Let the epic battle begin, first shots have been fired.
2020 finds us with three Symphonic Metal masters lined up like ducks in a row. First will be Delain with Apocalypse & Chill. Then, Diabulus in Musica threatened to come online a bit later. And – last, but not least – Nightwish will be playing the rearguard in April.
How neat of them all to get into creative gear at that very same moment. And the RMR deck crew really can’t wait to find out who on earth will win this contest.
RockmusicRaider covered Delain and their impressive career extensively already. Albeit that the reviews were not even all that positive over time. Apart from Lucidity and April Rain, that is. So, there’s that perceived need for urgent improvements and repairs. That urge for oomph and spice. This power that we need to feel, lest their tune disappear in Loki’s mainstream hell forever.
But will Apocalypse & Chill deliver that kind of goods? Or will Delain continue to sail into the apocalyptic yonder on an even keel without any creak in the woodwork whatsoever?
Let’s find out.
Once Hunter’s Moon – that dreaded commercial – released in 2019, the workable pieces really pleased us. There was renewed oomph in their tune, a spring in their step, a spirit of new beginnings and hints of new exciting tunes to hit our turntables. And that proverbial freshness we missed so badly over the last releases was back, too. With a pretty cool, grinding groove to boot. One that definitely wasn’t there before.
Yet and to our stark dismay, Apocalypse & Chill pretty much continues where Moonbathers left the building. True, the band will treat ye to the usual stellar musicianship that we all grew used to. All fine-tuned to a point and cooked to perfection. Perhaps apart from the drum work that stretched my patience with its endless bass/snare treatment and boring drum patterns. And no, meatiness is not obtained by hitting the drums ever harder.
Sure, Charlotte Wessel‘s comfortable crooning throughout the record is enjoyable. And she delivers that with the usual gusts of energy and pretty boundless talent. A bit like mama bear delivering a metal lullaby to the fans. And tracks like Vengeance will even get you a metal scream of a watery Winkler kind here and there. Even if Yannis Papadopoulos (Beast in Black) ultimately saves that particular tune.
In other words, Delain kept to the middle of the road, where travel is safe and the waters calm. Can’t risk that experimentation thing, right? No naughty brutalities, metallic grinds, and excursions into swampy territories unknown.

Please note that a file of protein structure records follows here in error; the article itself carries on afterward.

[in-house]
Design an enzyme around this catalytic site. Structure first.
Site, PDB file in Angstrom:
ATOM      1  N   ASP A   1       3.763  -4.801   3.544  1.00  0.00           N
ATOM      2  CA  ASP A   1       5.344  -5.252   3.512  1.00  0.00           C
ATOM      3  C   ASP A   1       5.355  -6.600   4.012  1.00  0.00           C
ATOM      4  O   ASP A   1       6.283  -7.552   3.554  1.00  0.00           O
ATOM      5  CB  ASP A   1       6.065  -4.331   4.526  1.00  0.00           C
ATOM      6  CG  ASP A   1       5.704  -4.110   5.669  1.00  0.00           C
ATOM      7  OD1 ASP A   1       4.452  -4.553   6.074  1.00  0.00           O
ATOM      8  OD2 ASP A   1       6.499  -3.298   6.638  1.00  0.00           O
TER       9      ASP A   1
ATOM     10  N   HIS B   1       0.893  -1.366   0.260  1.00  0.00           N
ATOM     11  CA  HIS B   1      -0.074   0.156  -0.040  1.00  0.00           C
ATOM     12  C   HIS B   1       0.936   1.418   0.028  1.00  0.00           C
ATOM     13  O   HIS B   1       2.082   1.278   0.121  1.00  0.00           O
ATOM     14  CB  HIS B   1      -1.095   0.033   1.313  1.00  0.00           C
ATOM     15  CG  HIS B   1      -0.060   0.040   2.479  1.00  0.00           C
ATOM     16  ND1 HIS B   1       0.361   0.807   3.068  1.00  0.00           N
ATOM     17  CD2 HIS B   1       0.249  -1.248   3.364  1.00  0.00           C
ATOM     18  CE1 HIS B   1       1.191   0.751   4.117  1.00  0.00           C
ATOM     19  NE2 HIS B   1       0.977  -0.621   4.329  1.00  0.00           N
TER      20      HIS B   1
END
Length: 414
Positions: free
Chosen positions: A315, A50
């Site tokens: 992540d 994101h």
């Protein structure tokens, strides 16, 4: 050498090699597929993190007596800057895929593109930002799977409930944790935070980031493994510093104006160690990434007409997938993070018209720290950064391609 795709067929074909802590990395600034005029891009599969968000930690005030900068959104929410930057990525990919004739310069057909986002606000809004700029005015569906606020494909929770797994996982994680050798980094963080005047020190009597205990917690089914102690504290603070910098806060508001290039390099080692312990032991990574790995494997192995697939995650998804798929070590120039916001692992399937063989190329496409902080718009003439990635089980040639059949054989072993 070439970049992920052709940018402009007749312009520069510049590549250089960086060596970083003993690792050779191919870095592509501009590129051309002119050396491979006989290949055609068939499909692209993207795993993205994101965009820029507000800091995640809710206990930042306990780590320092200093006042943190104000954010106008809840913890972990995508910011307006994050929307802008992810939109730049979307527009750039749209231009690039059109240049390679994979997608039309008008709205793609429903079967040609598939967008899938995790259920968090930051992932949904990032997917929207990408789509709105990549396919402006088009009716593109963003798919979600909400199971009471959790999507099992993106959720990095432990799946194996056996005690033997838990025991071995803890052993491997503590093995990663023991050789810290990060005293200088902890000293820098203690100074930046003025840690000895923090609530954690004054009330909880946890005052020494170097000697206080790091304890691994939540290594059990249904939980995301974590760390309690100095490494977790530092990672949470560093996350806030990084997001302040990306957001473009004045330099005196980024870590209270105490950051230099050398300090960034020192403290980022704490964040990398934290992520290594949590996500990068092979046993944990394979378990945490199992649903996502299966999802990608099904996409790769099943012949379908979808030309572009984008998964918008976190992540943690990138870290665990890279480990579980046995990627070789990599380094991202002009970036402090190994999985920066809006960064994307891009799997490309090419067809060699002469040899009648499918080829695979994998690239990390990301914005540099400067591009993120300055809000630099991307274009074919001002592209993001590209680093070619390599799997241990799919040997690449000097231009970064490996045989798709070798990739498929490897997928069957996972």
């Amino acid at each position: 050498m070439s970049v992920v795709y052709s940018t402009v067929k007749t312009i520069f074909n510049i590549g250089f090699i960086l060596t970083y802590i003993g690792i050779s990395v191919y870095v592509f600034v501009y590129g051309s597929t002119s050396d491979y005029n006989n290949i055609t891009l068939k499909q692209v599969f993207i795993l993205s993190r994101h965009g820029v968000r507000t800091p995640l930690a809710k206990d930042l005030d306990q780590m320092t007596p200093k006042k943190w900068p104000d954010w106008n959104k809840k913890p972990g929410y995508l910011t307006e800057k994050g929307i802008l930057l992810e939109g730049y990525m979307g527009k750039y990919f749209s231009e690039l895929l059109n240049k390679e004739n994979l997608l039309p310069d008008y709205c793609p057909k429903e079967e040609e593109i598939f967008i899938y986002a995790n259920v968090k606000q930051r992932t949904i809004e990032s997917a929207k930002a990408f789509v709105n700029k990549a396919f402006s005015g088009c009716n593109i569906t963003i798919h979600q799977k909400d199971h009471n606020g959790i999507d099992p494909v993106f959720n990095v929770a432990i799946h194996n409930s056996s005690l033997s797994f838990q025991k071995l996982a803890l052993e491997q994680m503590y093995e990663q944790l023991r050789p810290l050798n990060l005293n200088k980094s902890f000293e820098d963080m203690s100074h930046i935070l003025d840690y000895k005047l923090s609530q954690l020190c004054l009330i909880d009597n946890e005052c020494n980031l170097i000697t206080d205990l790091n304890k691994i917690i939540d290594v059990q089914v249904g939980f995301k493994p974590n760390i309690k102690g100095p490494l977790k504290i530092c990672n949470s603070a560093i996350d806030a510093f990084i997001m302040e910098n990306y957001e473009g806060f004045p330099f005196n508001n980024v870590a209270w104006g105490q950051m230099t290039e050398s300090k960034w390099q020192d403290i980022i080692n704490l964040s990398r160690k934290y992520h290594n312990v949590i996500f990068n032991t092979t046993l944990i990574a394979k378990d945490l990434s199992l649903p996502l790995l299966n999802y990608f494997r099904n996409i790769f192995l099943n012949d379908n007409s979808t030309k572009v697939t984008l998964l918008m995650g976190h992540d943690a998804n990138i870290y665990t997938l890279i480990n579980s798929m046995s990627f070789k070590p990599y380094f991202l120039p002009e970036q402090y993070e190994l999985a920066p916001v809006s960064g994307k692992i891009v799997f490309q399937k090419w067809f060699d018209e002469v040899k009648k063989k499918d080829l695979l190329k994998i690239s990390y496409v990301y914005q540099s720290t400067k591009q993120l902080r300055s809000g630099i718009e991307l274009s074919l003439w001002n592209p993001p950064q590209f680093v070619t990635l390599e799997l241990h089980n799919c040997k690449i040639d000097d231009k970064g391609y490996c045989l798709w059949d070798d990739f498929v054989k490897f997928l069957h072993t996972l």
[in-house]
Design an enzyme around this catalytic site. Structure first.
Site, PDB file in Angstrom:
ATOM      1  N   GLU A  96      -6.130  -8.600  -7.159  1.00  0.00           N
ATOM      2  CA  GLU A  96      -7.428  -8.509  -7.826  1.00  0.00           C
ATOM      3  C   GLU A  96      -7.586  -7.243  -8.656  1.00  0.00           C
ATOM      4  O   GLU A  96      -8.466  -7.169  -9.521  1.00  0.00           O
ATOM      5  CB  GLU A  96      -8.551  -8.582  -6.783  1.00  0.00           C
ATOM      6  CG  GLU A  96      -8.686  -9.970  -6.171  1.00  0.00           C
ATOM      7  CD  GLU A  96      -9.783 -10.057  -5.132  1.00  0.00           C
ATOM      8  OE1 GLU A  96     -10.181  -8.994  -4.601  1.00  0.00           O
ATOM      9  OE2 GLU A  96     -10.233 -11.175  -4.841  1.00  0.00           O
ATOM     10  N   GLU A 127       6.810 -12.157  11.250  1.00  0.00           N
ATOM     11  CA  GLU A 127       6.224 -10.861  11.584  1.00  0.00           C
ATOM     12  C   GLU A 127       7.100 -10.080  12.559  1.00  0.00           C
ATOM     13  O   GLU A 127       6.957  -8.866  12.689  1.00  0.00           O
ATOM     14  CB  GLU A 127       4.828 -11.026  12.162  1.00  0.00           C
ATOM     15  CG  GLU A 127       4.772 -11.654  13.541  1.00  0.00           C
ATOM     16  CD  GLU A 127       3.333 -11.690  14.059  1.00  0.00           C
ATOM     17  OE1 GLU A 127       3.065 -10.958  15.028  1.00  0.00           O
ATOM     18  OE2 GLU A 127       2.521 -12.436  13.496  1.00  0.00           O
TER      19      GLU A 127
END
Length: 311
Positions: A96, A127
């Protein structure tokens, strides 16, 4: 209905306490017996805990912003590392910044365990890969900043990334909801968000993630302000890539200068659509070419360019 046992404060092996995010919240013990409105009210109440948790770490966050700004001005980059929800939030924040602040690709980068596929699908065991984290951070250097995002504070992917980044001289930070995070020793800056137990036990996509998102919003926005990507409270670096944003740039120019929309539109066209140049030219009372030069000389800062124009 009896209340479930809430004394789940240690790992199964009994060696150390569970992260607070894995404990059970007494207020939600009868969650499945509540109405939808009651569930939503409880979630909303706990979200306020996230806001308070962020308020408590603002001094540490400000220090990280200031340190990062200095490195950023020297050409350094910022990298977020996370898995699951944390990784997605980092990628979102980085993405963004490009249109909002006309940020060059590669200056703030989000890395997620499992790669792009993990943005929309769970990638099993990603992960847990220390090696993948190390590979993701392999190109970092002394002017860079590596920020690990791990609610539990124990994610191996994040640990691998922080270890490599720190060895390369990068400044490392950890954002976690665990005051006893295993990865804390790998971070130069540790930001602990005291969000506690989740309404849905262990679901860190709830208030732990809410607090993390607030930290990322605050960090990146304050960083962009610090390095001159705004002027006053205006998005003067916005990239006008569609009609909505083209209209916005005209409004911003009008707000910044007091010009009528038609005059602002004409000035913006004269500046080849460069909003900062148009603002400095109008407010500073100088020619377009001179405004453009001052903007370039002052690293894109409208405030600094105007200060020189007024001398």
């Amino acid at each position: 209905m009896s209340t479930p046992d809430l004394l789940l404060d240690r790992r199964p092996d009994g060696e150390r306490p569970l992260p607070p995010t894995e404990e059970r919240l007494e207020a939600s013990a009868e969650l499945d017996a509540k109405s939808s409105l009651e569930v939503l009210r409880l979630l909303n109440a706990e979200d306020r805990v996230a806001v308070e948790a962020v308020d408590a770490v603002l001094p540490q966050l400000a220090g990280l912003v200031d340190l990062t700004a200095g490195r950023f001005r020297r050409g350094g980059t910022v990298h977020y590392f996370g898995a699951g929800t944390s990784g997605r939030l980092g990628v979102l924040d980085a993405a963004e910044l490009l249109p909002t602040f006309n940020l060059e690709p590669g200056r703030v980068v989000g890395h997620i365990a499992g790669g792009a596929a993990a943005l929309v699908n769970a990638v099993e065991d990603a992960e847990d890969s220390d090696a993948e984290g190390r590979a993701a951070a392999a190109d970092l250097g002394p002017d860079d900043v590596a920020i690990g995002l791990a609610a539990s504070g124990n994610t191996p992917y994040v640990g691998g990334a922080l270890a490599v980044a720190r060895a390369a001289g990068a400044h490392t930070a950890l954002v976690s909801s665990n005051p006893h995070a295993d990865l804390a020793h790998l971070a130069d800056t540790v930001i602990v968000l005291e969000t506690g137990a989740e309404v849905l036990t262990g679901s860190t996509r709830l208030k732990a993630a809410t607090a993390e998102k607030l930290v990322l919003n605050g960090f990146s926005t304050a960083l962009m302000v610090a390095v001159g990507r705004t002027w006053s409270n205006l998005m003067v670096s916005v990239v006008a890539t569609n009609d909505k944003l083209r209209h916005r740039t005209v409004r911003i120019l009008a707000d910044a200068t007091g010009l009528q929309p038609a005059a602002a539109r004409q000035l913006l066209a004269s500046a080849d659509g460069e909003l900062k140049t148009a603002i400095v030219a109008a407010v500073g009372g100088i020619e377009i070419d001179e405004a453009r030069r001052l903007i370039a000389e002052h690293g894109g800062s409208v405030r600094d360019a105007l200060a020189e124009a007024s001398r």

And that’s unfortunate.
Yet, Apocalypse & Chill does deliver pretty solid Melodic Metal with a hefty dose of Power Metal. Whilst their excursions into their alma mater – Symphonic Metal – became less stringent, but clearly remain in the DNA of this band.
And true enough, often their tune sounds like some crazily tilted mix of Avantasia meets Kiske with a little hint of Kamelot. And there’s absolutely nothing wrong with that. Delain would probably benefit from a speedier and more powerful delivery. One that would force some of those home-grown automatisms out the window.
Then there’s the thing with the tracklist. Master of Destiny reappears on Apocalypse & Chill. Don’t get me wrong, I love the song. But I already loved it on Hunter’s Moon. So, been there, done it, got the t-shirt. As to this record, it is just filler material. Together with one or two others, like the slightly nauseous Combustion. I can’t fathom why they didn’t whip this list into a much leaner shape. A shorter, yet crisper and – I daresay – more brutal selection of offerings would have been so much better.
The speedy start of One Second gave me hope with its airs of early Within Temptation. Especially with Timo Somers on a row, providing pretty cool backing vocals. Also, we enjoyed that meatiness appearing by about mid-point. And whilst We had Everything sounds like something Nightwish might have committed, Burning Bridges blows things out of the water. This one truly is the filet piece of Apocalypse & Chill. With Ms. Wessels’ vocal powers at their mightiest and a song structure that finally renders things more interesting.
Legions Of The Lost follows closely on the latter’s heels, even if parts of that track eerily sound like some early Epica at times. Just listen to the choir and background structure. Same as Burning Bridges, this track packs a certain epic brutality that ain’t very prevalent on other tracks.
It’s also no wonder that Ghost House Heart made it onto a clip. Good Power Metal records always carry a ballad or two, right? And this one beats anything in that department from Delain. It’s an artfully done piece, and – no doubt – Wessels can’t wait to perform that one live.
Music for the masses. That is how Apocalypse & Chill comes across. One of these balancing acts, where a band and the powers that be will try to reach countless potential fans to buy their wares. Without killing too much of the metal in the process, if they can help it. The outcome – though – is that anything else out of that metallic neck of the woods will sound similar and pretty sanitized. If not outright identical.
That said, Delain nonetheless injected a fair amount of rumbling power into their new record. A somewhat meatier approach than their last studio album. With fat beats that sometimes just about avoid that terrible trespass onto the territory where the pop god reigns supreme. Only, that heavier material is not the guiding beacon to metal nirvana but often appears as some sort of afterthought at strategic locations.
Yet, I still consider Apocalypse & Chill to be one of the better records Delain made so far. Even if – to my chagrin – the new-found, bouncy energy of its tiny predecessor almost entirely disappeared, swallowed by the mainstream it now so comfortably depicts.
Let’s just hope that what comes next will have a new spring in its step.